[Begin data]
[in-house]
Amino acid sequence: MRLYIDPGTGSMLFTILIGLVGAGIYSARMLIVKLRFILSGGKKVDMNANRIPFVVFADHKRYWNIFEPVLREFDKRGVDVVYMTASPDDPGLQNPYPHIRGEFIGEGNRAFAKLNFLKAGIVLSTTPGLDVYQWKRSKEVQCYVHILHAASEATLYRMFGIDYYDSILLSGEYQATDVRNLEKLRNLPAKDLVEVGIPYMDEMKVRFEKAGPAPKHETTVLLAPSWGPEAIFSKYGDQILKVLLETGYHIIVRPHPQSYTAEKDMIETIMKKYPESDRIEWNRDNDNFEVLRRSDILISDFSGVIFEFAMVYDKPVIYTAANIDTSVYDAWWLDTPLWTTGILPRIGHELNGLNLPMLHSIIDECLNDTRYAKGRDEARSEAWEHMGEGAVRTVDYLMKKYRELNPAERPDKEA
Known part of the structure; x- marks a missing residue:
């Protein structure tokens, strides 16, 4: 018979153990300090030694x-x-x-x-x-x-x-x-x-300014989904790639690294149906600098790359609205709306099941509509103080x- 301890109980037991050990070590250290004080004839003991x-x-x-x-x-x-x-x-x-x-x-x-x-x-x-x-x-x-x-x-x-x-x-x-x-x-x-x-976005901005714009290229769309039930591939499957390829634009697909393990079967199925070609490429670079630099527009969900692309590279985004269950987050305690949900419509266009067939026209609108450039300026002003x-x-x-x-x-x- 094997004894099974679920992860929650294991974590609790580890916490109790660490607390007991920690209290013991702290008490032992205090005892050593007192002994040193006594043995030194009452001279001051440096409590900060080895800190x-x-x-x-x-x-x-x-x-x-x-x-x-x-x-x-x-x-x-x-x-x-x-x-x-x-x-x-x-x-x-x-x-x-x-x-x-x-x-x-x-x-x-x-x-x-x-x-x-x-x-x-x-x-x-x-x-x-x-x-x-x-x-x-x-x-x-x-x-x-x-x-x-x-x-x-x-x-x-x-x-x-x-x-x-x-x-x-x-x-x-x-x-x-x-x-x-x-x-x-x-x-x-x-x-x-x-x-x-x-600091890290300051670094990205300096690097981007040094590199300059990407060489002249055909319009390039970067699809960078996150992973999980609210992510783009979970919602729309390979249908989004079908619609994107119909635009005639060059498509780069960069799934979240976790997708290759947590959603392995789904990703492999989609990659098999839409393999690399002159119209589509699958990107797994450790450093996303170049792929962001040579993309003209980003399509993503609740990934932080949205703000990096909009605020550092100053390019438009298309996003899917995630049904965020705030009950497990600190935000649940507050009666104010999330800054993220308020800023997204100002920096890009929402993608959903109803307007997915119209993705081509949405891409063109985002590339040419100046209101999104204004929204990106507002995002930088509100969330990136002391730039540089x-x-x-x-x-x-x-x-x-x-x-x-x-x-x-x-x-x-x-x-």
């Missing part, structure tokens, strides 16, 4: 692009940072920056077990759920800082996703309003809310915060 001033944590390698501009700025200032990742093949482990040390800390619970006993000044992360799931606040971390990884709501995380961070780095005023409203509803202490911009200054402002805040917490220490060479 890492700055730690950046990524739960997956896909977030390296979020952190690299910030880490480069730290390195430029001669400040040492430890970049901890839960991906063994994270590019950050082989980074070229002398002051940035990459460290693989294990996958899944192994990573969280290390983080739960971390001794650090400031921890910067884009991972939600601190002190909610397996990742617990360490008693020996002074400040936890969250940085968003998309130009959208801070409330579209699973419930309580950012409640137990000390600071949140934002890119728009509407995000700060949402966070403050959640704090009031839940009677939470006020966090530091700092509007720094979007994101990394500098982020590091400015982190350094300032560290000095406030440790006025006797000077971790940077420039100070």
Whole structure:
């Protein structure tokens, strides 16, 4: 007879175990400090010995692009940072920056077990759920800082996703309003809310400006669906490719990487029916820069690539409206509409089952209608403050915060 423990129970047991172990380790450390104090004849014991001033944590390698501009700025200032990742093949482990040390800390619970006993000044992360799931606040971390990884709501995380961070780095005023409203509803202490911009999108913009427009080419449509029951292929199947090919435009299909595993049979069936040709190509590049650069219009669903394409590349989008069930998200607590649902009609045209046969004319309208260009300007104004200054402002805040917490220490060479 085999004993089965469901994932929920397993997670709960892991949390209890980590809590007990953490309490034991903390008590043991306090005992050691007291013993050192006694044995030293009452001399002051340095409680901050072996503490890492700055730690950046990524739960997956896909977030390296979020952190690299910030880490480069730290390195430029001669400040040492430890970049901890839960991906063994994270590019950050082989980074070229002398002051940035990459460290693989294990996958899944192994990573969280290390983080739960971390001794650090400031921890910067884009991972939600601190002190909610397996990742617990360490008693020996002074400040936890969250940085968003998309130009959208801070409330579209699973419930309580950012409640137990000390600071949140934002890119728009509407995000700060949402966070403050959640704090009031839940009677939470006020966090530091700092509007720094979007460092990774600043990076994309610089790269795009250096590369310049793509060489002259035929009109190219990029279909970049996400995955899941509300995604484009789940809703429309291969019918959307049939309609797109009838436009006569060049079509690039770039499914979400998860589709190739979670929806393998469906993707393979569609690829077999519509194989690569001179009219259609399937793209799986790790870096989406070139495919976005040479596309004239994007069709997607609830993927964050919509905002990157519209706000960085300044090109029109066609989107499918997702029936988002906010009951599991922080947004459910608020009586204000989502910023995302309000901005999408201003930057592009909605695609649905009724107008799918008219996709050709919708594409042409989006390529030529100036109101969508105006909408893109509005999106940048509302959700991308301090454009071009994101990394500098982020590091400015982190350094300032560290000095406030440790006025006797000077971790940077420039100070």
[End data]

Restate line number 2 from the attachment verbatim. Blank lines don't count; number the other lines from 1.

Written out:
Amino acid sequence: MRLYIDPGTGSMLFTILIGLVGAGIYSARMLIVKLRFILSGGKKVDMNANRIPFVVFADHKRYWNIFEPVLREFDKRGVDVVYMTASPDDPGLQNPYPHIRGEFIGEGNRAFAKLNFLKAGIVLSTTPGLDVYQWKRSKEVQCYVHILHAASEATLYRMFGIDYYDSILLSGEYQATDVRNLEKLRNLPAKDLVEVGIPYMDEMKVRFEKAGPAPKHETTVLLAPSWGPEAIFSKYGDQILKVLLETGYHIIVRPHPQSYTAEKDMIETIMKKYPESDRIEWNRDNDNFEVLRRSDILISDFSGVIFEFAMVYDKPVIYTAANIDTSVYDAWWLDTPLWTTGILPRIGHELNGLNLPMLHSIIDECLNDTRYAKGRDEARSEAWEHMGEGAVRTVDYLMKKYRELNPAERPDKEA